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Are Adults Making Use of Career Services in Canada?

Career services represent an important way for Canadians to attain reliable and accurate labour market information (LMI), such as job opportunities, potential earnings and skill requirements, as well as a wide range of supports to support success in learning and work.

Career services can range from helping people new to the job market understand different career pathways, to identifying education and training opportunities for mid-career workers, to providing job search strategies that best fit the needs of different clients.

Key findings

Almost one in five adults aged 25–64 have received career services in the past five years, compared to half of youth aged 18–24.

Nearly everyone who engaged with career services reported some positive impact, although many report key gaps in the provision of labour market information. Yet large numbers of Canadians are not accessing career services, either because they are not aware of them, don’t feel the need for them or face access barriers. And compared to other OECD countries, the use of career services is much lower in Canada.

Wider awareness about career services is needed in Canada, especially for groups most vulnerable to career disruptions. Equipping career service providers with labour market information tools, skills and capacity to better serve the needs of Canadians will be critical moving forward.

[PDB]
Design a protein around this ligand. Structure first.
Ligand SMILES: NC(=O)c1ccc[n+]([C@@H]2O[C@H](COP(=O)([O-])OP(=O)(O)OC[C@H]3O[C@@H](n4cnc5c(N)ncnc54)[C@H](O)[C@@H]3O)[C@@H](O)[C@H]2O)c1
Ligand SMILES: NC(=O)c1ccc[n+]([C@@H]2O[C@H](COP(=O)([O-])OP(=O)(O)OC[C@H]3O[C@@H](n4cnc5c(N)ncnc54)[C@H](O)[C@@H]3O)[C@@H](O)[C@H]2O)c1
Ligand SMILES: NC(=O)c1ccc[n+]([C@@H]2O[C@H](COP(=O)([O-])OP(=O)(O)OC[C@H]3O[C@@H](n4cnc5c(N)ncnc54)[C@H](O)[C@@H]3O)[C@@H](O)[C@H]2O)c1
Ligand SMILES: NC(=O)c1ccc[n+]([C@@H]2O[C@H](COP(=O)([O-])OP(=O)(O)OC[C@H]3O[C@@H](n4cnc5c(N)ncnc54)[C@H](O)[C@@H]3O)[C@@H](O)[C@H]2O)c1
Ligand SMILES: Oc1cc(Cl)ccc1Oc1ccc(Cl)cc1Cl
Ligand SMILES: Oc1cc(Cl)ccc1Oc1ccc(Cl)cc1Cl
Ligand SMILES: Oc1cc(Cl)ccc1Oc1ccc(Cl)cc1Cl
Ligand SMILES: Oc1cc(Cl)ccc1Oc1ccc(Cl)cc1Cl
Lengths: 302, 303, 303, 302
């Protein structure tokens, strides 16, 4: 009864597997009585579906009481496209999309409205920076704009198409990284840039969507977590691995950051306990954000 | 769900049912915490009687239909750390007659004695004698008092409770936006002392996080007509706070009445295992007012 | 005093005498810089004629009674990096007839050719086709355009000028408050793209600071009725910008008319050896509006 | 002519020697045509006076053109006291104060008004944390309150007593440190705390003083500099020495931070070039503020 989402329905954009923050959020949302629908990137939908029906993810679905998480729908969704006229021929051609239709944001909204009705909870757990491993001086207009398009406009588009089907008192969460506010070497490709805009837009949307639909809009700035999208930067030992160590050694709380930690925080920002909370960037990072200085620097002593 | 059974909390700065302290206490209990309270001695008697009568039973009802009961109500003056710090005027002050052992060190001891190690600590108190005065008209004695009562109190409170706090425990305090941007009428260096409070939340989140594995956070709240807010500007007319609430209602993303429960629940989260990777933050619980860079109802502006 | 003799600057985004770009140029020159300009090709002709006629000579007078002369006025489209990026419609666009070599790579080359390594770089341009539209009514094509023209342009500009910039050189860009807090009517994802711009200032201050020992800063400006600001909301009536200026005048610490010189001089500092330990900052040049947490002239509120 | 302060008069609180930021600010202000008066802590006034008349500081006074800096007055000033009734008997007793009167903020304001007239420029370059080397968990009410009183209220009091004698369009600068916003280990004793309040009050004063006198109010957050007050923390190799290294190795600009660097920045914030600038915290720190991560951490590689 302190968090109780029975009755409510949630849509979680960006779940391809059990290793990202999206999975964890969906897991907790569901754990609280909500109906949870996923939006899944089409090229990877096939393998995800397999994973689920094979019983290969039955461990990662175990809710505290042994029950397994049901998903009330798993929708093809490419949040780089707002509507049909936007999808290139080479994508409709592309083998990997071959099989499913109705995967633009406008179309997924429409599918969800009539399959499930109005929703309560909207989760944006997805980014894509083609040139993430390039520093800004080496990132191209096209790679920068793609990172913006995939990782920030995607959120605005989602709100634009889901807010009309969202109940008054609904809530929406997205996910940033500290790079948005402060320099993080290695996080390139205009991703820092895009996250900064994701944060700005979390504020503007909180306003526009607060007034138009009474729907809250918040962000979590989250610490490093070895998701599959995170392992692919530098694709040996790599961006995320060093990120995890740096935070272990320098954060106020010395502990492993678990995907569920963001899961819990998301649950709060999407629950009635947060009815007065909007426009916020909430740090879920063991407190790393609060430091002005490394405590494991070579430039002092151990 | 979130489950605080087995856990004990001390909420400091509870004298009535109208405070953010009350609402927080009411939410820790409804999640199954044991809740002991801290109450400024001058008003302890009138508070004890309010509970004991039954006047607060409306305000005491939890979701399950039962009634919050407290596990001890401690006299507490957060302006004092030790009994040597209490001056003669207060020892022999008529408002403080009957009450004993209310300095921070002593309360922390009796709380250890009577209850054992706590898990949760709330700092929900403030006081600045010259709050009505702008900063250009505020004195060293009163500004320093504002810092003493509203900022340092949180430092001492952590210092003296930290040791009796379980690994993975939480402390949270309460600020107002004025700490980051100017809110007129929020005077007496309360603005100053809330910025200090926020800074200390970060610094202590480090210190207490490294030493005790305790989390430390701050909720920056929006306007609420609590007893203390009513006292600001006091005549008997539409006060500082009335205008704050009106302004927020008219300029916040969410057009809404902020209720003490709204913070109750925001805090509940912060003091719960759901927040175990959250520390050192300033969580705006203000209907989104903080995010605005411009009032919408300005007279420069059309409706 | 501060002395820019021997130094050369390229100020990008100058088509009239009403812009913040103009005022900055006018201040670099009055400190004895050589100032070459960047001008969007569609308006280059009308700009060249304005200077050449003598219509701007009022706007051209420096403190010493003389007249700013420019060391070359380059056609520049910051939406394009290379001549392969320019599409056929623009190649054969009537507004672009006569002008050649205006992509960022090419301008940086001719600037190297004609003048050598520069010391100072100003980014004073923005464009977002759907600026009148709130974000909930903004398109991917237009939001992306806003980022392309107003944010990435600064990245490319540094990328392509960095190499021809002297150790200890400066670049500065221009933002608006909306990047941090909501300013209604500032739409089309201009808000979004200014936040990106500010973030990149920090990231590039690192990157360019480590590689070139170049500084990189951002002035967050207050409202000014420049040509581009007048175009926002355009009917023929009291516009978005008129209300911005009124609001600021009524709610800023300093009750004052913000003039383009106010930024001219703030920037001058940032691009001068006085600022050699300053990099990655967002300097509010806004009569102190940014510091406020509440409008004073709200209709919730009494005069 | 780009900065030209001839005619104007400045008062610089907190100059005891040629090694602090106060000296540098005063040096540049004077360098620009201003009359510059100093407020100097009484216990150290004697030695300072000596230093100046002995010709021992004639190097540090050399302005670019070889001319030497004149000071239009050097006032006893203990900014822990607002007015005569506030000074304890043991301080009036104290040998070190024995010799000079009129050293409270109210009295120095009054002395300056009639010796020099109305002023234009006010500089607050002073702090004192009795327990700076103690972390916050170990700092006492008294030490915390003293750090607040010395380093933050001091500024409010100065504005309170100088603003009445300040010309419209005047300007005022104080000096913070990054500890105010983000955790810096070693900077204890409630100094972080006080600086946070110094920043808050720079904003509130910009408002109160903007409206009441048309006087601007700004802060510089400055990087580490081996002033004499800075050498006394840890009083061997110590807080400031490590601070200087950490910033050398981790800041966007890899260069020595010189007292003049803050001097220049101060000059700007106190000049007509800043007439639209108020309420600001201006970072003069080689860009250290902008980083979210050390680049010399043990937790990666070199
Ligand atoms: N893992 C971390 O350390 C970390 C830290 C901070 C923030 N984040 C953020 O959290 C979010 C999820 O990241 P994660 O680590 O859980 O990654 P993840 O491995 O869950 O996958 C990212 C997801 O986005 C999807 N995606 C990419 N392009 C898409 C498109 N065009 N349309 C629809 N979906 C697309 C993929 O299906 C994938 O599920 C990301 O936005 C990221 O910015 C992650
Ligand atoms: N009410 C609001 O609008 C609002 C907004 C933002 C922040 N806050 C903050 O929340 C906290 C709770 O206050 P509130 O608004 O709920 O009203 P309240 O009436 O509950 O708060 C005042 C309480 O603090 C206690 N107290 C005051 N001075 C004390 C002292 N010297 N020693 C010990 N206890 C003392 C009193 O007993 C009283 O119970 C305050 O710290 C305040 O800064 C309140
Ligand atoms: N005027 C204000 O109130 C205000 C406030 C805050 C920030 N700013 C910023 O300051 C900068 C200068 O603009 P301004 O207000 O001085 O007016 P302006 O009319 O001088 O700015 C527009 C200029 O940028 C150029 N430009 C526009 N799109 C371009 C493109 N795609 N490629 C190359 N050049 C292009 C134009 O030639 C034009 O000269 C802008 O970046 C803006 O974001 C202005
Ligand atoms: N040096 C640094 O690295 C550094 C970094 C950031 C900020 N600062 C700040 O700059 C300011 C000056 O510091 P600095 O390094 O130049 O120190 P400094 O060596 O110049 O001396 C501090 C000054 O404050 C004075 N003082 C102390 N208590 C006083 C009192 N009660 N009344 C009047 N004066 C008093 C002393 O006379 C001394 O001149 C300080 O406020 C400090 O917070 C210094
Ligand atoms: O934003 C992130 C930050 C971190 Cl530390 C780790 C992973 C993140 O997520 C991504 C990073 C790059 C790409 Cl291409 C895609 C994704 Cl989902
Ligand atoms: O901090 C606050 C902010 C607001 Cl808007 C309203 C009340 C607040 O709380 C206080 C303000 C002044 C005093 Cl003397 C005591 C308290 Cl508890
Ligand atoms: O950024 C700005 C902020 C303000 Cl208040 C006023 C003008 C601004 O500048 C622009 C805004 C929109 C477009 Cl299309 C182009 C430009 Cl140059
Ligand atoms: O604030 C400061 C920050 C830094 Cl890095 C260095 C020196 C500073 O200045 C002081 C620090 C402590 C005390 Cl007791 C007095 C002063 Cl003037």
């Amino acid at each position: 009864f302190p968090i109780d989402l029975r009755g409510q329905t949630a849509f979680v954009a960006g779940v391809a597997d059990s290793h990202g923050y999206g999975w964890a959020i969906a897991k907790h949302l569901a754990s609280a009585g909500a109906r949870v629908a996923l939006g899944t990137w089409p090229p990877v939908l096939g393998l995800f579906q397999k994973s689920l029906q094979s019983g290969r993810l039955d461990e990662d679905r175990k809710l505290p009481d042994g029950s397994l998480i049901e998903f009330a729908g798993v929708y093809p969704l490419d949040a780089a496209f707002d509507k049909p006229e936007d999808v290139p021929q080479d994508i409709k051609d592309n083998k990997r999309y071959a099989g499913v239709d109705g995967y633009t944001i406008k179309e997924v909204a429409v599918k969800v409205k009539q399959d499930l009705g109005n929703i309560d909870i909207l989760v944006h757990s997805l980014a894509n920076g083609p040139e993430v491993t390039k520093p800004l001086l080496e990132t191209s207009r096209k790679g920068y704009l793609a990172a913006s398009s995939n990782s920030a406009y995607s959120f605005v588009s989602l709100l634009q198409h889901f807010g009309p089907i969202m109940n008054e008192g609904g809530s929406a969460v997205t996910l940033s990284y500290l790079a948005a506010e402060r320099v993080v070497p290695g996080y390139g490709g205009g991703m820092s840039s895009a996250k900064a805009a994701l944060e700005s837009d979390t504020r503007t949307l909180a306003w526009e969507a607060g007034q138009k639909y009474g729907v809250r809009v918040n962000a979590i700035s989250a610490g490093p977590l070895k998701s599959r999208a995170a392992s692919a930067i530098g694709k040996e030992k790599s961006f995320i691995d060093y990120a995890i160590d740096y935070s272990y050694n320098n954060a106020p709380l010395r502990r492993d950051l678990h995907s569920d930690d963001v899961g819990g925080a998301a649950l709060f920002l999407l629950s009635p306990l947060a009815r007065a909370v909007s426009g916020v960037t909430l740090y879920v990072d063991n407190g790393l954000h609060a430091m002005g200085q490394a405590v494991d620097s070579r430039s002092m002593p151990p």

Career development professionals are trained to make the best use of human talent in the labour market by connecting individuals with career pathways and opportunities that work for them, ultimately leading to improved performance at work and in education.

In 2021, LMIC and the Future Skills Centre set out to understand how Canadian adults aged 25–64 access career services and what information they receive when doing so.

We surveyed over 3,000 Canadians on the most common types of labour market information they received as well as any reported changes the services had on their life and work. This analysis helped us identify current gaps and challenges in accessing career services in Canada, an issue of acute importance considering the massive job disruption caused by the COVID-19 pandemic.

This Insight Report is an extension of the OECD Survey of Career Guidance for Adults, with questions adapted for the Canadian context, and is organized as follows: Section 1 explores who uses adult career services in Canada; Section 2 discusses the most common information, delivery formats and effects of career services; Section 3 summarizes why career services are not accessed by more people; and Section 4 identifies the implications of this data as well as future considerations.

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